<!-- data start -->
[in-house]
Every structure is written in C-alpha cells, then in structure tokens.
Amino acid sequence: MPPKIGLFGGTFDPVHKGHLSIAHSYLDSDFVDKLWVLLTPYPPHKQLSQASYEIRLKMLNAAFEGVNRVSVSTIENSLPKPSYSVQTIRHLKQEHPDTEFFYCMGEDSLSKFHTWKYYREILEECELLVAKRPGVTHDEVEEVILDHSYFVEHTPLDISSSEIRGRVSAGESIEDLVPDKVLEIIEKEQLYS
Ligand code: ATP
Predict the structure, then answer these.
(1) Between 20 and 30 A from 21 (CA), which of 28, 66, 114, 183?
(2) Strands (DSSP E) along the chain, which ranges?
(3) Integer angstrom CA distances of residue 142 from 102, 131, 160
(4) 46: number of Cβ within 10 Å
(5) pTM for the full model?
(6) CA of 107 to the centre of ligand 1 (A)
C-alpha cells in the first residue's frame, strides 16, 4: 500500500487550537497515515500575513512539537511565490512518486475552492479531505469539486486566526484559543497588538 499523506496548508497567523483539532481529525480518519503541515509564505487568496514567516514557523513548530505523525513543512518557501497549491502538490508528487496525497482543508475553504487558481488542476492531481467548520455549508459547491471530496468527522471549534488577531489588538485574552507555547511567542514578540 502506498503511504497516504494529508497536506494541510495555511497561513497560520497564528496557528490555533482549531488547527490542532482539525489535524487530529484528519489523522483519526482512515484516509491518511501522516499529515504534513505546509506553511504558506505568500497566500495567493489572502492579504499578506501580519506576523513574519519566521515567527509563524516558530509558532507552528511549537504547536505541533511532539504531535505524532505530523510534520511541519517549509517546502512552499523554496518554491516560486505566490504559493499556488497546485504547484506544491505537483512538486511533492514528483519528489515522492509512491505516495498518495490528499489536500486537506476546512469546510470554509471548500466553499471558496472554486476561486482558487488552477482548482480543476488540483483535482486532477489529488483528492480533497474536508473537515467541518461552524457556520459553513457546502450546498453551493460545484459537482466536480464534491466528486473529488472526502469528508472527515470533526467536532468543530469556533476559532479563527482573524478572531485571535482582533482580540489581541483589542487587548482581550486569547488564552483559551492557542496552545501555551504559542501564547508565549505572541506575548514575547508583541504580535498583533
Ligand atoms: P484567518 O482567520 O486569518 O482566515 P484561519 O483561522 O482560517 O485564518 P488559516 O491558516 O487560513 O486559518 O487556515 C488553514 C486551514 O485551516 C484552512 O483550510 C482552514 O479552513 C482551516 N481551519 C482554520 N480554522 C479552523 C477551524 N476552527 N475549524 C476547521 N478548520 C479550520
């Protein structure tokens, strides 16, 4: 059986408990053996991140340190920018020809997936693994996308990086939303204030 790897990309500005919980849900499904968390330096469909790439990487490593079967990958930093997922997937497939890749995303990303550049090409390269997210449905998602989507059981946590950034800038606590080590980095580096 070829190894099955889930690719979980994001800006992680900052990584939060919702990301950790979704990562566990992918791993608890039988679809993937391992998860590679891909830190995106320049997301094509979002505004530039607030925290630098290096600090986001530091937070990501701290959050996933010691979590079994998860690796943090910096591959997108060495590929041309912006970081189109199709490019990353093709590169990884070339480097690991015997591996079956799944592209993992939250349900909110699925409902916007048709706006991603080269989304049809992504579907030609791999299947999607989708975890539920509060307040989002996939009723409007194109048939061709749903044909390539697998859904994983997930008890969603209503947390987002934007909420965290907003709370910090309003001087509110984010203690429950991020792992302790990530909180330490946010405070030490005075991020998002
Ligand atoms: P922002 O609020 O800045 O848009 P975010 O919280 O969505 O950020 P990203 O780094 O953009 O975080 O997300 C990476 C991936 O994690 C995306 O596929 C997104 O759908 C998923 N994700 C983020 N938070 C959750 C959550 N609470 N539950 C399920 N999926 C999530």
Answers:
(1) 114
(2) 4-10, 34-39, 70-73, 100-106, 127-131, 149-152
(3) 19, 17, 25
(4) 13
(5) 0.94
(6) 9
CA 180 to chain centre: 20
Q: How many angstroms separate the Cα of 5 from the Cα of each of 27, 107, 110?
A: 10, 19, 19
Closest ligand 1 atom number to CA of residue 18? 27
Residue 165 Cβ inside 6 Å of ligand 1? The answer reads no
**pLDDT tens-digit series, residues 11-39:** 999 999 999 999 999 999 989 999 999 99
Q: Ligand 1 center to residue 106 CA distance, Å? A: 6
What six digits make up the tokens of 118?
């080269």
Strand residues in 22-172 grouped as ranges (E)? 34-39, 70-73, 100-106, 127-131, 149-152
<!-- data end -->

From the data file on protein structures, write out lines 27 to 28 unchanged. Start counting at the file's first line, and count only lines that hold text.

Residue 165 Cβ inside 6 Å of ligand 1? The answer reads no
**pLDDT tens-digit series, residues 11-39:** 999 999 999 999 999 999 989 999 999 99